“Our current energy generation system was installed in 1999. It heats, cools and powers over 250 campus buildings,” explained Lathrop, who also holds joint appointments in the Departments of Geology and Physics, the Institute for Physical Science and Technology, and the Institute for Research in Electronics and Applied Physics. “A natural gas-fired turbine generates most of the electricity we use and the heat that this turbine produces is recaptured to produce steam, which produces additional electric power. The steam is then also used to heat and cool our buildings.” 

Gregg Garbesi, assistant director of utilities and energy management at UMD’s Facilities Management, says the visible vapor comes when liquid (like groundwater, city water leaks, stormwater leaks, etc.) physically contacts the underground steam line. He compares the campus’ visible vapor to steam caused by pouring cold water into a hot pan on a stove. He explains that the odd smells accompanying the vapor occur when organic materials come into contact with the leaked vapor, which is generated underground or in a steam manhole.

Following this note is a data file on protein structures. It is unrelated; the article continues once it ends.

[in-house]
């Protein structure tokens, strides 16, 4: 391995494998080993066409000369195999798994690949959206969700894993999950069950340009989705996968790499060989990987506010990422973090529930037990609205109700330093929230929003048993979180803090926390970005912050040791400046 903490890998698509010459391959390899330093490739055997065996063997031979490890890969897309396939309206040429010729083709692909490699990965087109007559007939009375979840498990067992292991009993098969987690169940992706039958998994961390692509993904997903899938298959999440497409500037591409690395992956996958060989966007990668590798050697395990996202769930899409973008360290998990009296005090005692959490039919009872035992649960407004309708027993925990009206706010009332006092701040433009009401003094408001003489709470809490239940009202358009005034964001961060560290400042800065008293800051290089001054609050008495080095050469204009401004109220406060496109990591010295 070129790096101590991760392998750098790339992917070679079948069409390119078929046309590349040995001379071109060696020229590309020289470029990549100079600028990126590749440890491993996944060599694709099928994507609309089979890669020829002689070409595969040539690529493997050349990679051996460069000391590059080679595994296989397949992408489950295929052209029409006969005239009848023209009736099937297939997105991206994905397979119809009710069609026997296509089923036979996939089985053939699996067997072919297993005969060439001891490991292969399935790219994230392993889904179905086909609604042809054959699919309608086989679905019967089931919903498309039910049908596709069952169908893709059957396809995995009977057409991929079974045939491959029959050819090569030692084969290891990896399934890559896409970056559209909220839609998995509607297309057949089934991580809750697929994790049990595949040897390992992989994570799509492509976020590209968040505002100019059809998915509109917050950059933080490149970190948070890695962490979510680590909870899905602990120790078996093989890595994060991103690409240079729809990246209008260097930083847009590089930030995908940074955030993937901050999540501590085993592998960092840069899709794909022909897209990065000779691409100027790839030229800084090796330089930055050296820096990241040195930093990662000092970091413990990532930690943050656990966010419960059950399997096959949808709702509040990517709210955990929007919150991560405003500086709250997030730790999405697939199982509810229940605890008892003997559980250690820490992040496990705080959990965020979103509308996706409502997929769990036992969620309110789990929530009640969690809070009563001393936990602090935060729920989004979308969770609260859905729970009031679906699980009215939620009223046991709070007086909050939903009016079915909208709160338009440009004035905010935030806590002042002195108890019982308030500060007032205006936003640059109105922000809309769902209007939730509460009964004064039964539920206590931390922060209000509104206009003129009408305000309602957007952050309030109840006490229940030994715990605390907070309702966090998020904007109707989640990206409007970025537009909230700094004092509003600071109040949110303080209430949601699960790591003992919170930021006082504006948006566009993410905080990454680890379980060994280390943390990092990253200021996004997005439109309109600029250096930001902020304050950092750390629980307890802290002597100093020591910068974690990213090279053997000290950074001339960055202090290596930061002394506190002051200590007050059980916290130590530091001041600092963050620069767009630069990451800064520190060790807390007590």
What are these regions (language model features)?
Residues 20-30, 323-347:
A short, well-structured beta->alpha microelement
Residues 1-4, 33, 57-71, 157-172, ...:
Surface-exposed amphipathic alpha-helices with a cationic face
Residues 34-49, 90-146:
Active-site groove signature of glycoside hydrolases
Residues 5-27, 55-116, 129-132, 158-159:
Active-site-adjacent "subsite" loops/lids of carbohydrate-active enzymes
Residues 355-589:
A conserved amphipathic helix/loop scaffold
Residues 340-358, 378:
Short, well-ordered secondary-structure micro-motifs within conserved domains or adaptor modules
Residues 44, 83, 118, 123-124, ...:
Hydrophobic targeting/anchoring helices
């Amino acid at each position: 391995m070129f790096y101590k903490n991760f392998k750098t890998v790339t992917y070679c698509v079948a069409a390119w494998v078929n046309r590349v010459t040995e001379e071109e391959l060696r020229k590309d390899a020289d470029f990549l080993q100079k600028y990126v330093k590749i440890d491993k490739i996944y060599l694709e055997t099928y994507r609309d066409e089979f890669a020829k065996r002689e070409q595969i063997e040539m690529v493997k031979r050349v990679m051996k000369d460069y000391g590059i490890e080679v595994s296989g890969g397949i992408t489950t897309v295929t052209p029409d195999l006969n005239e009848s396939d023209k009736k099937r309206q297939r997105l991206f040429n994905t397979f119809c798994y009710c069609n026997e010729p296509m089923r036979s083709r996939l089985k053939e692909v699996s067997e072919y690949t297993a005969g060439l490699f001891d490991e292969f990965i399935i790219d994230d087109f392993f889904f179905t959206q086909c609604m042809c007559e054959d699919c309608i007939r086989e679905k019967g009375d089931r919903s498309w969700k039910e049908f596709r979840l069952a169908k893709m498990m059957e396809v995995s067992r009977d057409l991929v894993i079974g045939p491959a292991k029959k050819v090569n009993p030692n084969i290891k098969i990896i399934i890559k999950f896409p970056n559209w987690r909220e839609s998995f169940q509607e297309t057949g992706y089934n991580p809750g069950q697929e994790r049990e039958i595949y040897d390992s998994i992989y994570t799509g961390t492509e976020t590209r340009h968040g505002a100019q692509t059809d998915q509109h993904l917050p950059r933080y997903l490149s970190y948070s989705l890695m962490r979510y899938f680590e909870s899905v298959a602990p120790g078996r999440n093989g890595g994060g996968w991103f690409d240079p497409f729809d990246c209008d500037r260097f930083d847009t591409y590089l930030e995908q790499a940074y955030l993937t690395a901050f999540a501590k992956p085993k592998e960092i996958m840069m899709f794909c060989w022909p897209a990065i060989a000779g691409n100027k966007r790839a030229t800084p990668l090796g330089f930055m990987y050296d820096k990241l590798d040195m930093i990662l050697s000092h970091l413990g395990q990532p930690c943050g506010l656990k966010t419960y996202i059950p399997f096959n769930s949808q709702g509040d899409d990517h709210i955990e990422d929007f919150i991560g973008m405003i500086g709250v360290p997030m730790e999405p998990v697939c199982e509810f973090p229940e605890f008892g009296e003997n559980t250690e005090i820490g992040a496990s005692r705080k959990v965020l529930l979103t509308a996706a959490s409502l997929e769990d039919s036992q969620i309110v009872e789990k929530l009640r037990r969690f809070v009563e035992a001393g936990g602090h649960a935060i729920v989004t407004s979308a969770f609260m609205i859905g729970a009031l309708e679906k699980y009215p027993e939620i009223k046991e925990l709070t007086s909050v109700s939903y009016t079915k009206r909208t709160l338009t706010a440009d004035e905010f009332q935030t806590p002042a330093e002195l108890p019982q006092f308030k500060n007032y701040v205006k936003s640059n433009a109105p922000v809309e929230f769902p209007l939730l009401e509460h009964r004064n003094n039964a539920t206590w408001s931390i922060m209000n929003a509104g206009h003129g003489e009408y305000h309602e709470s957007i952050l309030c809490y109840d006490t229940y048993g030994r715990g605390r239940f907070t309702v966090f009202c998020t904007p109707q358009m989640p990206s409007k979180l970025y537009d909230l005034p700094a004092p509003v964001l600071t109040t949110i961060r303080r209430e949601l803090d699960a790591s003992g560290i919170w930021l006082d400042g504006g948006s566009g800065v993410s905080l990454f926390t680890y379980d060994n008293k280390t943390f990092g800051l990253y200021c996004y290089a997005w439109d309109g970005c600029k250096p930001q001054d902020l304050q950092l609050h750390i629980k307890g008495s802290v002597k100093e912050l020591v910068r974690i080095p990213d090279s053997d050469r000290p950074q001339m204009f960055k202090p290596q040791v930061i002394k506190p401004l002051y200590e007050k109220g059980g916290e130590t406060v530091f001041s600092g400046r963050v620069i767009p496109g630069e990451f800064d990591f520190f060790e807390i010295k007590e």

According to Garbesi, seeing these vapor plumes signals energy loss. 

“For every pound of vapor generated, a pound of steam is condensed in the steam pipes,” he said. “All the energy that went into making that pound of steam—which could have been used to power campus—is lost, and if 100% of the condensate doesn’t return to the energy plant, that water is also lost.”

“We’re wasting about a million gallons of water a day now,” Lathrop added. “The loss in 2019 alone is estimated to be 700 million gallons, costing us an estimated $4 to $6 million a year. And that’s just the financial price tag that we know about.”

That’s why Lathrop is leading a multidepartment, cross-disciplinary Grand Challenges team that aims to map and pinpoint locations where steam is being lost and get a better look at challenges with energy consumption, water quality, methane emissions and air quality on UMD’s campus. With colleagues and students from the Departments of Geology, Atmospheric and Oceanic Science, Geographical Sciences, and Environmental Science and Technology, Lathrop hopes to tackle these interrelated issues by pinpointing the biggest problems and providing concrete solutions.